Monday, November 07, 2016

Sentencing Court Committed Plain Error By Failing to Make Relevant Conduct Findings

U.S. v. Godinez-Perez, 2016 WL 6155934 (10/24/16) (Kan.) - in sentencing Godinez for meth conspiracy, the district court erred by failing to make particularized findings regarding relevant conduct attributable to him. Even if the defendant does not lodge any objections to the PSR, the district court must still make particularized findings as to the scope of the criminal activity a particular defendant agreed to jointly undertake. The facts set out in the PSR and those admitted by Godinez in his plea were insufficient to determine whether a quantity of meth seized from a storage unit was properly attributed to Godinez. The plain error standard was met because a higher Guidelines range resulted from the district court's use of the wrong framework. There was a reasonable probability of a different outcome without the district court's error and a presumption applies that the unobjected-to error affected Godinez's substantial rights. The district court is ordered to resentence Godinez.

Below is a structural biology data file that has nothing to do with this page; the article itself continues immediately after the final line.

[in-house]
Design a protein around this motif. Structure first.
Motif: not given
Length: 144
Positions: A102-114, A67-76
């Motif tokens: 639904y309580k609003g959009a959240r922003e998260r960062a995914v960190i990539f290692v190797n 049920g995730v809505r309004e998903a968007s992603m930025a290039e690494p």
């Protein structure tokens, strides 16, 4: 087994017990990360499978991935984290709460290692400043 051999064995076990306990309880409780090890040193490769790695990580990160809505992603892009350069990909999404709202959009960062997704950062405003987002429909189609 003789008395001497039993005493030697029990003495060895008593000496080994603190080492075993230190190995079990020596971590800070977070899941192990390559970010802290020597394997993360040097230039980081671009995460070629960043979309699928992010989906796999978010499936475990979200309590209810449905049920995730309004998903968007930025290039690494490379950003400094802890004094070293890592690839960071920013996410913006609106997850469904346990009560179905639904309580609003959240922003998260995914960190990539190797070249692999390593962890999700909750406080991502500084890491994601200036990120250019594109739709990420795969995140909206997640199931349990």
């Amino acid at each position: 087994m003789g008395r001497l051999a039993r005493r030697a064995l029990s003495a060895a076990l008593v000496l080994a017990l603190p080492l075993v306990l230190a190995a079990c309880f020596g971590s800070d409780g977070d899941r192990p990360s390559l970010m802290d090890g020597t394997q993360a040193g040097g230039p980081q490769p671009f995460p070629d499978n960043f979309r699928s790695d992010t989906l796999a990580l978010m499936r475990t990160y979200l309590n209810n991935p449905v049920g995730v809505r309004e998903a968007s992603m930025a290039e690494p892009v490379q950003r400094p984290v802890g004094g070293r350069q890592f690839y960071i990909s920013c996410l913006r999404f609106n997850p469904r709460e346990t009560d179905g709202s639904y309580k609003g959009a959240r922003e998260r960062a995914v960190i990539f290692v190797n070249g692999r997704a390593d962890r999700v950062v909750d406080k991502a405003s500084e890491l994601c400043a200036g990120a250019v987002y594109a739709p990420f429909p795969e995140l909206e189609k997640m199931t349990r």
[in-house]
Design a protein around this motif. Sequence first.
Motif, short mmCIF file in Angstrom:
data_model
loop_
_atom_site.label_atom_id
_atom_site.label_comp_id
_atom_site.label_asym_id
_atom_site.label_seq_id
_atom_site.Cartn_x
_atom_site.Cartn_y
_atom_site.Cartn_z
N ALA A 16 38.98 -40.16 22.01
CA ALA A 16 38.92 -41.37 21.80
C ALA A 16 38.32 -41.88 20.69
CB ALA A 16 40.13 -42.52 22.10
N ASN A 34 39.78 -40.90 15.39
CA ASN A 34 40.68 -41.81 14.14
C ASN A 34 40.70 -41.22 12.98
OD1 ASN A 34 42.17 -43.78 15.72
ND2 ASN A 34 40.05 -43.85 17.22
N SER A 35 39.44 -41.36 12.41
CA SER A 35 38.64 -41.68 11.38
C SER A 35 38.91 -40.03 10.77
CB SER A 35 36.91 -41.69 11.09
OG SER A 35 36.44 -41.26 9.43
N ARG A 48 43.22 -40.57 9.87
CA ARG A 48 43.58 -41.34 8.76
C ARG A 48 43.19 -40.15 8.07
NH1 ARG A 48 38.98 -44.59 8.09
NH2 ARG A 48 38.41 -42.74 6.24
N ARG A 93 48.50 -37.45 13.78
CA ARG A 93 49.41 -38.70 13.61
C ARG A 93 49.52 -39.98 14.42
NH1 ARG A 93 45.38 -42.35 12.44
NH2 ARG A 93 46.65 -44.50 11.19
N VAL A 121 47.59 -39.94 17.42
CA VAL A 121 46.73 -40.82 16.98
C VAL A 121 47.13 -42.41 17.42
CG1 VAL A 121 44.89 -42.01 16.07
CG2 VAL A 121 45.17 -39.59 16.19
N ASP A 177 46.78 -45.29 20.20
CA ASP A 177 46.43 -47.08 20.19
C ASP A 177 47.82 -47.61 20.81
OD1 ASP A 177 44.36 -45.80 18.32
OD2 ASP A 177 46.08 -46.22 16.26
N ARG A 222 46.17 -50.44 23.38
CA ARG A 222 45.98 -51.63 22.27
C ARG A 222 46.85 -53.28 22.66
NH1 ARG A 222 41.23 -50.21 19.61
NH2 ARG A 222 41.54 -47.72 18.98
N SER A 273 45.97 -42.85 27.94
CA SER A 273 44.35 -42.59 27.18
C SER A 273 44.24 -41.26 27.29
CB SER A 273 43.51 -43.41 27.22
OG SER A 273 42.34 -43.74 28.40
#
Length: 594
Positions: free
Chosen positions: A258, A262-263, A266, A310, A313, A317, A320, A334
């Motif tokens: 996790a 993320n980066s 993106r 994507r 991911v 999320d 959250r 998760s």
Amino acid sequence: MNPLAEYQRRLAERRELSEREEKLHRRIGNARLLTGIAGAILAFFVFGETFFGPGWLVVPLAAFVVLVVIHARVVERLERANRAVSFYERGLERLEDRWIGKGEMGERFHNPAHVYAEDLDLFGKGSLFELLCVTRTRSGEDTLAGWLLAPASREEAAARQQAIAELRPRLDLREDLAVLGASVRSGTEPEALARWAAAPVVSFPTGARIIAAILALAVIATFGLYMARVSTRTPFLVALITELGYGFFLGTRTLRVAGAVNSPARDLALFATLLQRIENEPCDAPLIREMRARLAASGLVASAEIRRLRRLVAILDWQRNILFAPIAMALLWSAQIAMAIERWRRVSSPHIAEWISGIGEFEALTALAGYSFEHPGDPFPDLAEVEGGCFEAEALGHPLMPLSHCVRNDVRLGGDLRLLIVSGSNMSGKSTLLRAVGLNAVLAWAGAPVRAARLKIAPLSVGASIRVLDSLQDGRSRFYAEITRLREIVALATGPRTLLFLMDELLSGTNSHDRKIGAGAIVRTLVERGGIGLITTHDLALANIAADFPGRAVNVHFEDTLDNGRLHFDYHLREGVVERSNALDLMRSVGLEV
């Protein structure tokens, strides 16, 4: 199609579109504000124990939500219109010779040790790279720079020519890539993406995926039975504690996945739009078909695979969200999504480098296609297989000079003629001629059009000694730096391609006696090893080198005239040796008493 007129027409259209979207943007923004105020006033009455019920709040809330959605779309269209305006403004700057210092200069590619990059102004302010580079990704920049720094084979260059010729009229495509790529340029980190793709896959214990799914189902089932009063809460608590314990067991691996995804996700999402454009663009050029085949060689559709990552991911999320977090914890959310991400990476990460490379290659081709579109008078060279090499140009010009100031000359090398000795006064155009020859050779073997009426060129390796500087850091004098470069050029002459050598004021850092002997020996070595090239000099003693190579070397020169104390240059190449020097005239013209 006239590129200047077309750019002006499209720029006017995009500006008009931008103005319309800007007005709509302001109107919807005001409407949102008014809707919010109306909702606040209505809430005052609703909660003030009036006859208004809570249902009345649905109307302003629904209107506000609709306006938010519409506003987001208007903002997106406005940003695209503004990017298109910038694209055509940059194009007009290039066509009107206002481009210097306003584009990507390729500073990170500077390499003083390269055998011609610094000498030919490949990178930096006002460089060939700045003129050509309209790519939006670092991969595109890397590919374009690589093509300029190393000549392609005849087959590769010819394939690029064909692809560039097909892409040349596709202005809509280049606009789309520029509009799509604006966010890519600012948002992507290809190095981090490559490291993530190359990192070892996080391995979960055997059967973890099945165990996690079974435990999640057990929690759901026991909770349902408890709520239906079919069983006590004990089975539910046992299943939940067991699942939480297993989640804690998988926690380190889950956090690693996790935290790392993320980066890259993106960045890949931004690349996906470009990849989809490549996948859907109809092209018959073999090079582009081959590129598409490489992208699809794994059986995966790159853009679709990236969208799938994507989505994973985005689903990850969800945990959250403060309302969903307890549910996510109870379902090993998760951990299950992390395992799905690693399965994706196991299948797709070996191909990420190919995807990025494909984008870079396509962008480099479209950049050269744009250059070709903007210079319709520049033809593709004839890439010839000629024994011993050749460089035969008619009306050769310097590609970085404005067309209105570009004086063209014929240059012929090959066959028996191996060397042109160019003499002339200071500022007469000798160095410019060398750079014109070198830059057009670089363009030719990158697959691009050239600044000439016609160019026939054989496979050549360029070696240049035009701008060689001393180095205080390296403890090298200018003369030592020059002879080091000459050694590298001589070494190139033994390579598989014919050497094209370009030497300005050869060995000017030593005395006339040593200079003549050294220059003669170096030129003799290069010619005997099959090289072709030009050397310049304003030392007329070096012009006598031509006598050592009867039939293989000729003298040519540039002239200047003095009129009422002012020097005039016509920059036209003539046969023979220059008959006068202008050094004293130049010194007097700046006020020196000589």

The Tenth rejects Godinez's argument that the meth mixture, which was over 80% pure, was improperly considered "Ice" for guideline purposes. And the district court was not required to examine the empirical grounding for the ยง 2D1.1 offense levels for meth offenses.